Tag: Ukraine

Spectacular Slavic Carnivals before Easter

Slavic carnivals are known under different names in various Slavic countries: [Macedonian language: ‘Прочка’ (Prochka)], Bulgarian: Сирни заговезни, Прошка (Sirni zagovezni, Proska), Russian: Масленица, Мясопуст (Maslenitsa, Miasopust), Polish: Ostatki, Mięsopust, Zapusty, Czech: Masopust, Šibřinky, Ostatky, Slovak: Fašiangy, Slovene: Mesopȗst, Pust, Pustni teden, Fašnk, Serbian: Покладе, Poklade, Croatian: Pust, Poklade, Mesopust, Fašnik. They are traditional Slavic festivals related to the period of carnival.

Maslenitsa: Slavic ‘Spring Festival’

Maslenitsa (Belarusian: Масленіца, Russian: Мaсленица, Rusyn: Fašengy, Ukrainian: Масниця, ; also known as Butter Lady, Butter Week, Crepe week, or Cheesefare Week) is an Eastern Slavic religious and folk holiday, which has retained a number of elements of Slavic mythology in its ritual, celebrated during the last week before Great Lent, that is, the eighth week before Eastern Orthodox Pascha (Easter).

Despite the bitter frost and coronavirus. Russians met Epiphany with traditional swimming in an ice-hole – video

On the night of January 18-19, the Russians celebrated an Orthodox holiday – Epiphany and the believers bathed in ice-holes, despite the abnormal frosts that covered many regions of the and including the capital. In Moscow, for example, the air temperature dropped to minus 23 degrees. Some regions have canceled traditional bathing because of the coronavirus, but most officials organised special fonts, near which doctors, rescuers and police were on duty. In the Moscow region, about 220 ice holes were equipped and entrances to them with convenient parking, TASS reports.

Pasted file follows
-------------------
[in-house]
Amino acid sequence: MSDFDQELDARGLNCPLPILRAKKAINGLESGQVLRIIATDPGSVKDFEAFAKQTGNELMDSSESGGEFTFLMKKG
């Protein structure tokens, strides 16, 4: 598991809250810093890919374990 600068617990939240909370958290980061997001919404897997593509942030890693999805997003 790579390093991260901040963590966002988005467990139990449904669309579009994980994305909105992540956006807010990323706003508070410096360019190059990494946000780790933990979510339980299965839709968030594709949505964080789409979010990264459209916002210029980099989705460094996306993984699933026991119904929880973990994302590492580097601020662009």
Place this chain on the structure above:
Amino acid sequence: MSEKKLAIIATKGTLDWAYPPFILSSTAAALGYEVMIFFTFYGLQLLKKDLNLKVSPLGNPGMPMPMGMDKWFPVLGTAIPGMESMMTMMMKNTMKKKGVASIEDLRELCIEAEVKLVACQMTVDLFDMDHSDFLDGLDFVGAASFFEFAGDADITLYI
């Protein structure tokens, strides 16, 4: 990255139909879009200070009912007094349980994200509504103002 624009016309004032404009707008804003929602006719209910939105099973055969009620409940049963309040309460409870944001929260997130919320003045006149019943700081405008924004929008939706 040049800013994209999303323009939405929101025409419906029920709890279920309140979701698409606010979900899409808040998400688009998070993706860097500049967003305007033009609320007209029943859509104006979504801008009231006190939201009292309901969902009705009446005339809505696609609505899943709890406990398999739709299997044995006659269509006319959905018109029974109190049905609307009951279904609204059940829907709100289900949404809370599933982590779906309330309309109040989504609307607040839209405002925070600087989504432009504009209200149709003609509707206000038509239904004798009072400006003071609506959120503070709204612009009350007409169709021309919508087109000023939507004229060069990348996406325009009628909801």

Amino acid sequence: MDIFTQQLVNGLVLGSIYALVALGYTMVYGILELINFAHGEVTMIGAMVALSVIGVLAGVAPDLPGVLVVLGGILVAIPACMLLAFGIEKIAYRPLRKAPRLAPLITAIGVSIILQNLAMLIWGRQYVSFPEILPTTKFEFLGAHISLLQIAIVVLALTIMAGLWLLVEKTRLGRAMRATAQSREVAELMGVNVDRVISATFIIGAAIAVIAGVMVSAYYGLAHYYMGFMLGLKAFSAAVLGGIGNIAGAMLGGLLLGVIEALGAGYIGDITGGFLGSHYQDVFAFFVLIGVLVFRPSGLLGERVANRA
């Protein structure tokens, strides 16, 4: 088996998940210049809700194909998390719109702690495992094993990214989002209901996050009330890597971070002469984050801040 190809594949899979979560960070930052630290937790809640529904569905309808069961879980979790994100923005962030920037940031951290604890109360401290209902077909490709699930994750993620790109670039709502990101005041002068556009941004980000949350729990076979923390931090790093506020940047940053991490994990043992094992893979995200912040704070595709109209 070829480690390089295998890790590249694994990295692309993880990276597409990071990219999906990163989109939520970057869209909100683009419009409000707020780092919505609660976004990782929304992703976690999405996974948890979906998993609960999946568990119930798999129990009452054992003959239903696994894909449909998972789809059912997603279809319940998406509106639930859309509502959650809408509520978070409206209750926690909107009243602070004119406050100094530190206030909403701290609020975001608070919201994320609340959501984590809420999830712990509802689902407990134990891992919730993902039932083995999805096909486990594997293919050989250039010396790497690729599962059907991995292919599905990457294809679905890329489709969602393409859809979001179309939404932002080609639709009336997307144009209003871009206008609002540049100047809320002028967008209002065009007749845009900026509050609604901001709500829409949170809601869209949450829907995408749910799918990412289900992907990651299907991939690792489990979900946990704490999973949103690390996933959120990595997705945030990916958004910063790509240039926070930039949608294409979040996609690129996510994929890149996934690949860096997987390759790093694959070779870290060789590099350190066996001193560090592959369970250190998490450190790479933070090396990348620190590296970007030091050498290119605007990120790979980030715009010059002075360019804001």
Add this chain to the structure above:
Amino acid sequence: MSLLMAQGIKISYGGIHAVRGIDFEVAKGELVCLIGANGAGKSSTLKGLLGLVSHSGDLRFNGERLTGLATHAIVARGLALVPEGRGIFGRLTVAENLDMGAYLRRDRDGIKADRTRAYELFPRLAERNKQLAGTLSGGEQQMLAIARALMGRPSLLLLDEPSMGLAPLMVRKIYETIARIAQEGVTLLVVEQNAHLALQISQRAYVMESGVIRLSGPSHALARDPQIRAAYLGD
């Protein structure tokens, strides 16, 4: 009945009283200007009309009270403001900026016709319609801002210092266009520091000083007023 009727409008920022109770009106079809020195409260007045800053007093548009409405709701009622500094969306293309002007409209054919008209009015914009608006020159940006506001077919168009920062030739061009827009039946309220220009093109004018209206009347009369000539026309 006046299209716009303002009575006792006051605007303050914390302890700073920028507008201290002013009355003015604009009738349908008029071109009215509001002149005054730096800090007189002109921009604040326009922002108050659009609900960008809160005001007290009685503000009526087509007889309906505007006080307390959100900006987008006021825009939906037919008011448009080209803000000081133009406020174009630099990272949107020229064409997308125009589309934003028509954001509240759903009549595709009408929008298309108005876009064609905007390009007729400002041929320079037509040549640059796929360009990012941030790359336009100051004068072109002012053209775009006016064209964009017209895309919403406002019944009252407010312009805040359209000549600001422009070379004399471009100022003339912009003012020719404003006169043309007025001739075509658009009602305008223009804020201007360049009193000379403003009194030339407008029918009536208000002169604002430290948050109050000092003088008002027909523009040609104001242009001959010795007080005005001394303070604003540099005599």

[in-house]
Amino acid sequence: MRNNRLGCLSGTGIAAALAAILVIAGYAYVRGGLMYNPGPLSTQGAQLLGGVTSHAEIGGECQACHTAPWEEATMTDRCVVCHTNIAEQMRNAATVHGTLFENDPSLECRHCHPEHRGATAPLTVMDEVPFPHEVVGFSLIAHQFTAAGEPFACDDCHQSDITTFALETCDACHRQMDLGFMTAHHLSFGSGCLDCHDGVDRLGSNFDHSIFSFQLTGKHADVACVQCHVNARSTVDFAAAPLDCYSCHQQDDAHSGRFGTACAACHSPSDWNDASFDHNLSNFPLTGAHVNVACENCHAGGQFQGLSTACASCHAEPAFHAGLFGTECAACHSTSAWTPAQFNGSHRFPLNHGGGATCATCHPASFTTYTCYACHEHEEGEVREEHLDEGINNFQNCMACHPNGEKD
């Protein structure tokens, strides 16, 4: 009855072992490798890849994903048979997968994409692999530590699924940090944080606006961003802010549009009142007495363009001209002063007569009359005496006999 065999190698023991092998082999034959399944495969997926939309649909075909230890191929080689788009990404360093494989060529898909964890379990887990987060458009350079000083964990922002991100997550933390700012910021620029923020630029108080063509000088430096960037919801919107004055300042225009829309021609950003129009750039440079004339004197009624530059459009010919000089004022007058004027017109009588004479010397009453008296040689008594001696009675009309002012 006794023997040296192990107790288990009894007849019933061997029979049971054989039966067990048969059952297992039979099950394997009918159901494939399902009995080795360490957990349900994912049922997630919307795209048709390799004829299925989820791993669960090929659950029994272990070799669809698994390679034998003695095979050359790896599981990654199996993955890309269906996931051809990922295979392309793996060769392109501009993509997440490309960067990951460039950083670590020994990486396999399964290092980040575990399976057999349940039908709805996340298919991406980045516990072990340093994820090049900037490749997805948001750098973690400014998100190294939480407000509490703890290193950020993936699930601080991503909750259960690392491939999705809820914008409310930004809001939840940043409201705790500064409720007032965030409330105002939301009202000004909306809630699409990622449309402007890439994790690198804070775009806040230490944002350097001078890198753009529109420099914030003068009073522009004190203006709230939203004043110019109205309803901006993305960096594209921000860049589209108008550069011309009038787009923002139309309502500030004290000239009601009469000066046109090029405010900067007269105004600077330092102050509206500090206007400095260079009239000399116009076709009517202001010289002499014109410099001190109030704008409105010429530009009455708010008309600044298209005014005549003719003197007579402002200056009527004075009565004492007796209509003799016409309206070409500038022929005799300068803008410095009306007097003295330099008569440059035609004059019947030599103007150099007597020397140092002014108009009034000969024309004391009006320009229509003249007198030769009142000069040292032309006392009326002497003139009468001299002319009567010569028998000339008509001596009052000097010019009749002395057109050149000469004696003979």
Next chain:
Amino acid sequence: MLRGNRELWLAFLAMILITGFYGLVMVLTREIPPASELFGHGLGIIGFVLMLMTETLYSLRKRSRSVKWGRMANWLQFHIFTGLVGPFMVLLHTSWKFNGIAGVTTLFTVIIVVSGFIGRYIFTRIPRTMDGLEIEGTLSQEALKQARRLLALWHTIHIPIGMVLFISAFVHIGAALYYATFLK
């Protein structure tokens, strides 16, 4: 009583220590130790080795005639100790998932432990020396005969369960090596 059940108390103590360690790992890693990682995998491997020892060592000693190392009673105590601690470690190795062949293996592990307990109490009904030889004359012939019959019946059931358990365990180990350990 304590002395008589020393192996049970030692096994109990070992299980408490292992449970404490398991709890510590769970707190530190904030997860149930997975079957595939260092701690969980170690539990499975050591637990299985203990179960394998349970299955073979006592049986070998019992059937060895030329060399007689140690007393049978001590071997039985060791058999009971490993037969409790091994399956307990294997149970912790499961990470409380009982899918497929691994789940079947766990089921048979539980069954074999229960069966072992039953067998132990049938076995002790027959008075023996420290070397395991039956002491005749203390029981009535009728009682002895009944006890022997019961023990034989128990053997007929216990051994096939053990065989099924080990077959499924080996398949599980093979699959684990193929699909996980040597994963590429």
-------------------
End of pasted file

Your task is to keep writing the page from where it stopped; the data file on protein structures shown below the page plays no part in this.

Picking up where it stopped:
Eastern Epiphany: the history and traditions of the holiday – January 18-19

On January 19 (January 6, old style) Eastern Christians celebrate the Baptism of the Lord, or Epiphany. Baptism, like Easter, is considered the oldest holiday in Christian culture. This day is associated with the gospel event – the baptism of Jesus Christ by John the Baptist in the Jordan River. Here you can read about the history, meaning and traditions of the holiday.